1. Happy belated Father's Day to all of you dads out there. I have often wondered about the glory that would surely coincide when an NFL Sunday shared billing with Father's Day Sunday. I am always happy to have a day when I am expected to "take it easy." When it is hot and muggy, all the better! Still...Father's Day and the NFL would make a power couple indeed--like Brad and Angelina. Maybe it is better that they will never meet up. Then again, knowing the NFL like I do, I would bet a ton of money that at some point in the near future, they will plan a marquee event for Father's Day.
2. I raised the issue of the two-point conversion in last week's Sixpack, and I am doubling down on the subject today. I understand that the world that exists after a touchdown is scored is largely unchanged--especially if you believe that kickers don't consider the 33-yard extra point distance that much harder than the previous spot and distance. I just think that there will be teams (multiple teams, not just the Eagles) that will gamble on their ability to convert at least 50% of their two-point attempts. Mathematically speaking--always the highlight of any Sixpack--if you make 50% of your two-point conversions, it is the same as making 100% of your extra point kicks. Or almost the same...I do understand the timing aspect--in any given game, you could find yourself on the wrong side of the 50% mark in a contest decided by one or two points.
3. No coach is going to be accused of gambling his team's chances of winning away by sending out the kicker after every touchdown. A 33-yard kick might not be as much of a lock as the previous kick was, but most coaches will assume their kicker can get 100% of those attempts. Assuming that, I think your average NFL coach (think Tom Coughlin, Jeff Fisher, or some other grizzled veteran coach) will require a better payoff on the two-point strategy than just a 51% success rate.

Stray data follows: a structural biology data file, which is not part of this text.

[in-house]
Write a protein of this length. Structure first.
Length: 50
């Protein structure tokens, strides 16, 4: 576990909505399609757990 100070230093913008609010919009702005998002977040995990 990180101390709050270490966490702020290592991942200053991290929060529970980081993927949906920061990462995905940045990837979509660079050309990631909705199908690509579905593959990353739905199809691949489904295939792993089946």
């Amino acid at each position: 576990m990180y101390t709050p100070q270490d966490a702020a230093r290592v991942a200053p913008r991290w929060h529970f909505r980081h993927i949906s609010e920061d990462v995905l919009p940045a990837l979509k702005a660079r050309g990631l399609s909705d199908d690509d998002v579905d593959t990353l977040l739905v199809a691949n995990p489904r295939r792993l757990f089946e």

4. Inside of a hard-fought football game, every decision made comes with a counter-decision made from the other sideline--and your own sideline as well. Whether you convert or not, the rest of the game's moves are going to come with a slightly different calculus. This is the big fear, and will likely keep most coaches firmly in play-it-safe mode. After all, converting 60% of two-point conversions is not a great stat if fans and players will relentlessly point to two games where the strategy seemingly cost the team chances to win.
5. For me, the conversion rate has to be 75% to consider going for two on a consistent basis. OF COURSE I am kicking for one with the game tied and seconds on the clock. OF COURSE I am going for one when the game's outcome is settled. In run-of-play though, if I think I can make three out of four attempts, I am going for two.
6. Okay, so with all the stupid math worked out, I leave you with this thought to discuss: going for two is not about putting your offense back out on the field in my book. If I am a coach that is seriously considering this tradition-shunning strategy, I am building a new group of eleven guys. Specifically, I am looking to see how I can incorporate some of the mean, physical stylings of a nasty defensive lineman. I am looking to see how I can get a guy like Preston Smith onto the field. I am looking for a way to send Evan Spencer onto the field because I know how physical he likes to get on the blocking side of things--but he can also catch that rare option-style pass. This unit can't just be the starting eleven guys--it has to be a group of eleven guys that is dedicated to nothing other than the proposition of getting 2.1 yards. There is enough room on an NFL roster to build this group out, assuming that you have drafted your depth players well.
To those of you that would answer all of this with a simple, "This will simply never happen in this league," all I can say is that just by virtue of uttering those words, it is already more than likely to transpire.